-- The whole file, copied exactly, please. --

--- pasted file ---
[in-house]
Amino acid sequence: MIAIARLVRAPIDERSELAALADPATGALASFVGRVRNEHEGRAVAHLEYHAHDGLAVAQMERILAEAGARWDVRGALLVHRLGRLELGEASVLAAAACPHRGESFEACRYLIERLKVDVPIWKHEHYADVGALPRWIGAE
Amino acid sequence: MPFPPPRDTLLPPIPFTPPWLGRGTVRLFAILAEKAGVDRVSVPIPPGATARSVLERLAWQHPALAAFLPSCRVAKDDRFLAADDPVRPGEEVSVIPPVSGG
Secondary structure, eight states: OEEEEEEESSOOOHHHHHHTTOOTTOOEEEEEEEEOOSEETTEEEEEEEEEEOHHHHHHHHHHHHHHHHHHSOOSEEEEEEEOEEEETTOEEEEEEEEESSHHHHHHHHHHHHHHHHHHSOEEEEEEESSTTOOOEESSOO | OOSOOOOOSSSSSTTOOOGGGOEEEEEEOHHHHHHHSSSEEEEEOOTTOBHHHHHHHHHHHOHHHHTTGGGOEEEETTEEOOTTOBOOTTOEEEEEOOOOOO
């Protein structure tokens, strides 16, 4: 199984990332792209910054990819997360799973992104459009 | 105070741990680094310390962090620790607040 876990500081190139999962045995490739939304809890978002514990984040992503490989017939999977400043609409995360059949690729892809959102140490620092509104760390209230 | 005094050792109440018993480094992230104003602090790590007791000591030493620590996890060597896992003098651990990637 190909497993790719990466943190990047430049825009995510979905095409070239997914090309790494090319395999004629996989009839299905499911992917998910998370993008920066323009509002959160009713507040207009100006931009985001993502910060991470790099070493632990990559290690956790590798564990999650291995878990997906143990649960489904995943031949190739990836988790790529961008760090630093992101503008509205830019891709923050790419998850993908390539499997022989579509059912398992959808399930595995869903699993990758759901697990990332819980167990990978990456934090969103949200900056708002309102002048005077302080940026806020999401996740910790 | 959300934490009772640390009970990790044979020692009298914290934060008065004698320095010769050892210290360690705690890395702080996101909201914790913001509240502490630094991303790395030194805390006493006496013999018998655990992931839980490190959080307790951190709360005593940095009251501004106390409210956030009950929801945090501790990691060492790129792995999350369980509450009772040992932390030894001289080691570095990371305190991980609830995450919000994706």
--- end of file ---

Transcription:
[in-house]
Amino acid sequence: MIAIARLVRAPIDERSELAALADPATGALASFVGRVRNEHEGRAVAHLEYHAHDGLAVAQMERILAEAGARWDVRGALLVHRLGRLELGEASVLAAAACPHRGESFEACRYLIERLKVDVPIWKHEHYADVGALPRWIGAE
Amino acid sequence: MPFPPPRDTLLPPIPFTPPWLGRGTVRLFAILAEKAGVDRVSVPIPPGATARSVLERLAWQHPALAAFLPSCRVAKDDRFLAADDPVRPGEEVSVIPPVSGG
Secondary structure, eight states: OEEEEEEESSOOOHHHHHHTTOOTTOOEEEEEEEEOOSEETTEEEEEEEEEEOHHHHHHHHHHHHHHHHHHSOOSEEEEEEEOEEEETTOEEEEEEEEESSHHHHHHHHHHHHHHHHHHSOEEEEEEESSTTOOOEESSOO | OOSOOOOOSSSSSTTOOOGGGOEEEEEEOHHHHHHHSSSEEEEEOOTTOBHHHHHHHHHHHOHHHHTTGGGOEEEETTEEOOTTOBOOTTOEEEEEOOOOOO
């Protein structure tokens, strides 16, 4: 199984990332792209910054990819997360799973992104459009 | 105070741990680094310390962090620790607040 876990500081190139999962045995490739939304809890978002514990984040992503490989017939999977400043609409995360059949690729892809959102140490620092509104760390209230 | 005094050792109440018993480094992230104003602090790590007791000591030493620590996890060597896992003098651990990637 190909497993790719990466943190990047430049825009995510979905095409070239997914090309790494090319395999004629996989009839299905499911992917998910998370993008920066323009509002959160009713507040207009100006931009985001993502910060991470790099070493632990990559290690956790590798564990999650291995878990997906143990649960489904995943031949190739990836988790790529961008760090630093992101503008509205830019891709923050790419998850993908390539499997022989579509059912398992959808399930595995869903699993990758759901697990990332819980167990990978990456934090969103949200900056708002309102002048005077302080940026806020999401996740910790 | 959300934490009772640390009970990790044979020692009298914290934060008065004698320095010769050892210290360690705690890395702080996101909201914790913001509240502490630094991303790395030194805390006493006496013999018998655990992931839980490190959080307790951190709360005593940095009251501004106390409210956030009950929801945090501790990691060492790129792995999350369980509450009772040992932390030894001289080691570095990371305190991980609830995450919000994706």